As promised, this is the non-technical way to change your social sharing images!
Yoast SEO takes care of the guesswork and allows you to have complete control over the images seen on your social shares. If a social image has not been selected, Yoast will give Facebook an image to use based on the photo’s metadata.
And Yoast makes it incredibly easy for you to choose your own photos when you select “social’ in the Yoast menu bar (premium version).
You’ll want to follow Yoast’s steps to make sure that the right photo is used for your social posts. Even if you don’t take the time to select a photo, Yoast does a pretty good job of selecting a photo for you.
Yoast also lets you add a title and description and helps you to make it SEO-friendly, so it works well on social media sites and search engines.
If you are looking for an easy new way to find or create images and audio, we recommend Adobe products. You can find all of their creative software packages here.
It’s time to promote your posts
Now that you understand how to optimize your photos for social media and how the Open Graph Protocol works, you’ll be able to churn out excellent content that your social media readers look forward to viewing.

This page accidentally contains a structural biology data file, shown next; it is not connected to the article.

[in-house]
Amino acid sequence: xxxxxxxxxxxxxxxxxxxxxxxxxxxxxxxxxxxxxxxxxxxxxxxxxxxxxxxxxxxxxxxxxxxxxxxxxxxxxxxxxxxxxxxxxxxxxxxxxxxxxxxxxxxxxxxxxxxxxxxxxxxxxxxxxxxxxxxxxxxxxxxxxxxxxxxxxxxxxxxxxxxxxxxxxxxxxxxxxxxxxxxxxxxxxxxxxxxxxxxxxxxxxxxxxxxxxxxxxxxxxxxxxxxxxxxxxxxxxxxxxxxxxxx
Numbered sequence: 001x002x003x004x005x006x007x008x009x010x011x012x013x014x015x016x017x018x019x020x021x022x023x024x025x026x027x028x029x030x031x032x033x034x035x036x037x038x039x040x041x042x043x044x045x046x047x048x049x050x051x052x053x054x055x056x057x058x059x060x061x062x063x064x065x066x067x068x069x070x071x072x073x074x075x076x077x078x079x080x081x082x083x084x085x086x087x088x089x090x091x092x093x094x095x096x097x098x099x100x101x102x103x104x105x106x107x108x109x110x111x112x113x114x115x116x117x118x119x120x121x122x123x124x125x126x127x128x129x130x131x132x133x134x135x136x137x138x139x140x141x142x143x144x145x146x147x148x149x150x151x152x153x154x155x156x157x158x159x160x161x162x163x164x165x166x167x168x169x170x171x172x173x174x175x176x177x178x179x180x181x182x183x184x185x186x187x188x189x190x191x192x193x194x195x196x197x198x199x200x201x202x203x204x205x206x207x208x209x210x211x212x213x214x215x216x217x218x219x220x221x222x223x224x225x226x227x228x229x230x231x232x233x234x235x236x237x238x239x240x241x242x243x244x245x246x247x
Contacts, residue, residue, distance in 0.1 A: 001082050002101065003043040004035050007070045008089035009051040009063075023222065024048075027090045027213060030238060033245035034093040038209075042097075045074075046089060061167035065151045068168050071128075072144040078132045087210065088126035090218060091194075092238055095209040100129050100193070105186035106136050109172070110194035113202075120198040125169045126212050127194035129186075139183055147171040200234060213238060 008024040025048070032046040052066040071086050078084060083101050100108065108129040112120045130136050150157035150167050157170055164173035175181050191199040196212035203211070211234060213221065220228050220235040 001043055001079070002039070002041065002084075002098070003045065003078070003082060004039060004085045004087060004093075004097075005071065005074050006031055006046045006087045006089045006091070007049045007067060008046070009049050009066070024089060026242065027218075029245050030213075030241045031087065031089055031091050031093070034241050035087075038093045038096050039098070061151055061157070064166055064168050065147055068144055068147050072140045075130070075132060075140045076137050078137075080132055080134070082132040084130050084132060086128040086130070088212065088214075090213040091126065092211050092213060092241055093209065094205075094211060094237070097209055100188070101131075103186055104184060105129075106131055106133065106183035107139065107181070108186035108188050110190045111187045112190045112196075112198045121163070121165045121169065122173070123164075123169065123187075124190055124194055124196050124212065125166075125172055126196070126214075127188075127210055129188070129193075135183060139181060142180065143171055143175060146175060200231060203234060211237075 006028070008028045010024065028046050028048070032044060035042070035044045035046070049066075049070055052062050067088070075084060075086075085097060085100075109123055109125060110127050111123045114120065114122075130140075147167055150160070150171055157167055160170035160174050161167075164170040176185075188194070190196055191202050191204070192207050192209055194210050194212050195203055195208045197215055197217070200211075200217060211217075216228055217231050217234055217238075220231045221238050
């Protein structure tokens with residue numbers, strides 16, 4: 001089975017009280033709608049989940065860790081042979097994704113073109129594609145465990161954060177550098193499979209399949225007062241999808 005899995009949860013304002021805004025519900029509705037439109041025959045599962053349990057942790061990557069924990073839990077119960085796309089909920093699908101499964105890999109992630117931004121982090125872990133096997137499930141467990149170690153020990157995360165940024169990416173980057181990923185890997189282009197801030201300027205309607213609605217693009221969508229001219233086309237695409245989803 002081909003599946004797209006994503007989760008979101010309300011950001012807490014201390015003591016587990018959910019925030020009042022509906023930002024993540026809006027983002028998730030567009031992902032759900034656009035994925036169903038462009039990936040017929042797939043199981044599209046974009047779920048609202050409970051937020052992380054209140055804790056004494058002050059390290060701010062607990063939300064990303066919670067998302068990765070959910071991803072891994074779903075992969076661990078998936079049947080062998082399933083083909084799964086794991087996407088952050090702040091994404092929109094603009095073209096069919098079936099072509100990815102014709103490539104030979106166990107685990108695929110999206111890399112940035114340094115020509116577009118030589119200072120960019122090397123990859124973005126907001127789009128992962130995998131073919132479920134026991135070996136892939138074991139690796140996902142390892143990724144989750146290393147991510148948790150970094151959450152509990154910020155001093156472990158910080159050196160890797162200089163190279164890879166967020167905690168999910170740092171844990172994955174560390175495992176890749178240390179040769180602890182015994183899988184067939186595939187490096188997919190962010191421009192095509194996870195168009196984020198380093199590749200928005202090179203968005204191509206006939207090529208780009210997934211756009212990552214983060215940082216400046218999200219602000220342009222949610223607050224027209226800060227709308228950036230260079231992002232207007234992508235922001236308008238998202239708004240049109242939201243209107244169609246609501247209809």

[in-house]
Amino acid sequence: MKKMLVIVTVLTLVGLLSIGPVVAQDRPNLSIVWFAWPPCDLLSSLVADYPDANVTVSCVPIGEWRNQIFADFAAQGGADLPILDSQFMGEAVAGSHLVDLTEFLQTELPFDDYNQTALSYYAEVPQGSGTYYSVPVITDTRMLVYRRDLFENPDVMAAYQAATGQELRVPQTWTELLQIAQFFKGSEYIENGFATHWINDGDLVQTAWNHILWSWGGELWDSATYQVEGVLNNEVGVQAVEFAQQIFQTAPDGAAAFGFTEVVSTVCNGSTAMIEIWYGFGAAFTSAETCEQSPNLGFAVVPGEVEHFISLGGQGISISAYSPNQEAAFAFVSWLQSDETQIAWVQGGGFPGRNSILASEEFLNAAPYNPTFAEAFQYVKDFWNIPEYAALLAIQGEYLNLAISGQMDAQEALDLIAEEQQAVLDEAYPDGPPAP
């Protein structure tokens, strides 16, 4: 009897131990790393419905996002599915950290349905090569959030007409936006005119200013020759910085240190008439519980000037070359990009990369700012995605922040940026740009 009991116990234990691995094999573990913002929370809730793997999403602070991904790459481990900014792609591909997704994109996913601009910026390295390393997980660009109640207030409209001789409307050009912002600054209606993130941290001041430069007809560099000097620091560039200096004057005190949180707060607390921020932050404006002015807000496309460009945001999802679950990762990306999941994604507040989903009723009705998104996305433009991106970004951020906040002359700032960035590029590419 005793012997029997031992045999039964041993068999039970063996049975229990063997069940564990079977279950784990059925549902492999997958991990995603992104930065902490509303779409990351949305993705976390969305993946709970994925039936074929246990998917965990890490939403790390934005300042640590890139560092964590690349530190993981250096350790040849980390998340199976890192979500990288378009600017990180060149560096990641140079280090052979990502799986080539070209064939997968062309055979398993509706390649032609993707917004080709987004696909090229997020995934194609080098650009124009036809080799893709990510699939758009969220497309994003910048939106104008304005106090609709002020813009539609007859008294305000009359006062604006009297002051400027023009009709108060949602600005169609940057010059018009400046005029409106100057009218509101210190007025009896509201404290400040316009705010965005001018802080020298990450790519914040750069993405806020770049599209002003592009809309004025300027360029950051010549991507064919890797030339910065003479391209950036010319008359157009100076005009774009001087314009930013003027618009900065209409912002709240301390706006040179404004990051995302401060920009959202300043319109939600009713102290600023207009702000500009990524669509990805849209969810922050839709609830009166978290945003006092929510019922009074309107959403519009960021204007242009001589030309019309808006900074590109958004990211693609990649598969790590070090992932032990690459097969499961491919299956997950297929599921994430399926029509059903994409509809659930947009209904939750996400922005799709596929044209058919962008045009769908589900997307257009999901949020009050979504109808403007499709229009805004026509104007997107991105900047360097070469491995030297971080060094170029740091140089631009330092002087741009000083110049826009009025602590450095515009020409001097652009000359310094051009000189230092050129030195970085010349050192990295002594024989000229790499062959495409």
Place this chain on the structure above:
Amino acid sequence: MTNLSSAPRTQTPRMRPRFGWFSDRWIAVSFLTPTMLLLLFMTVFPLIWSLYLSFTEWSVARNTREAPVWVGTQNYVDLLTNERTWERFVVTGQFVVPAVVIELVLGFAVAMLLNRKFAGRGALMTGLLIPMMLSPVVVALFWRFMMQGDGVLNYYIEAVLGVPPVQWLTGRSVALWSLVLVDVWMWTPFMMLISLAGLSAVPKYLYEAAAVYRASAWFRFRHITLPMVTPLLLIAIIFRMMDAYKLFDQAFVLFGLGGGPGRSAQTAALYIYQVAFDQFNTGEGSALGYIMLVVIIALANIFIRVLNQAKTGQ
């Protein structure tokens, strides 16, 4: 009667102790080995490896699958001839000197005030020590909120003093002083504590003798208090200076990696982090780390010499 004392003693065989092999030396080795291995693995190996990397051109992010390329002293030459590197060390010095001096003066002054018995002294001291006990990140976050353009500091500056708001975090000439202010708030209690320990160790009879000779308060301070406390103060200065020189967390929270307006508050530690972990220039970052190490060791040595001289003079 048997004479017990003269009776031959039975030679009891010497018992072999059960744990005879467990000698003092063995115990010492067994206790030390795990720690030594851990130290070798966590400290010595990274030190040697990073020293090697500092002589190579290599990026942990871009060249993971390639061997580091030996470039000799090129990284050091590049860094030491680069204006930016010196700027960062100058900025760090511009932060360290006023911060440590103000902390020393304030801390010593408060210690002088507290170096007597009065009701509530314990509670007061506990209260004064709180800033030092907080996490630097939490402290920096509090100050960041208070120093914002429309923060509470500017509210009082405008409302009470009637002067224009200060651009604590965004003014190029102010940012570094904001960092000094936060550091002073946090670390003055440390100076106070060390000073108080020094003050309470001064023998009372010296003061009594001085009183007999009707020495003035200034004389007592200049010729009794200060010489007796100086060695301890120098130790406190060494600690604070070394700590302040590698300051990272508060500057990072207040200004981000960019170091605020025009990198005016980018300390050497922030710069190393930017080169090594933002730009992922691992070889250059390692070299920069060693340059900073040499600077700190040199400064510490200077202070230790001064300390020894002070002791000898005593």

You’ll see your engagement increase and get more traffic back to your site! Your social share image never looked so good.
You might want to also include more images in your blog posts. Every image is a reason for your reader to stay on your page and get closer to taking an action. In this post we detail 7 strategies for crafting your blog to get more conversions (including adding more images).
Once you’ve created killer content and made sure it looks great on social media, you have to spend more time promoting it to get the best results. Many of our BlogWorks writing clients also use our social media packages to promote their blog posts automatically.
If you enjoyed this post, please take a second to share it so we can help make social media a prettier place!
Enjoyed this post? Here are 3 more all about putting your blog to work:
This post was originally published in 2017 and was updated in 2020.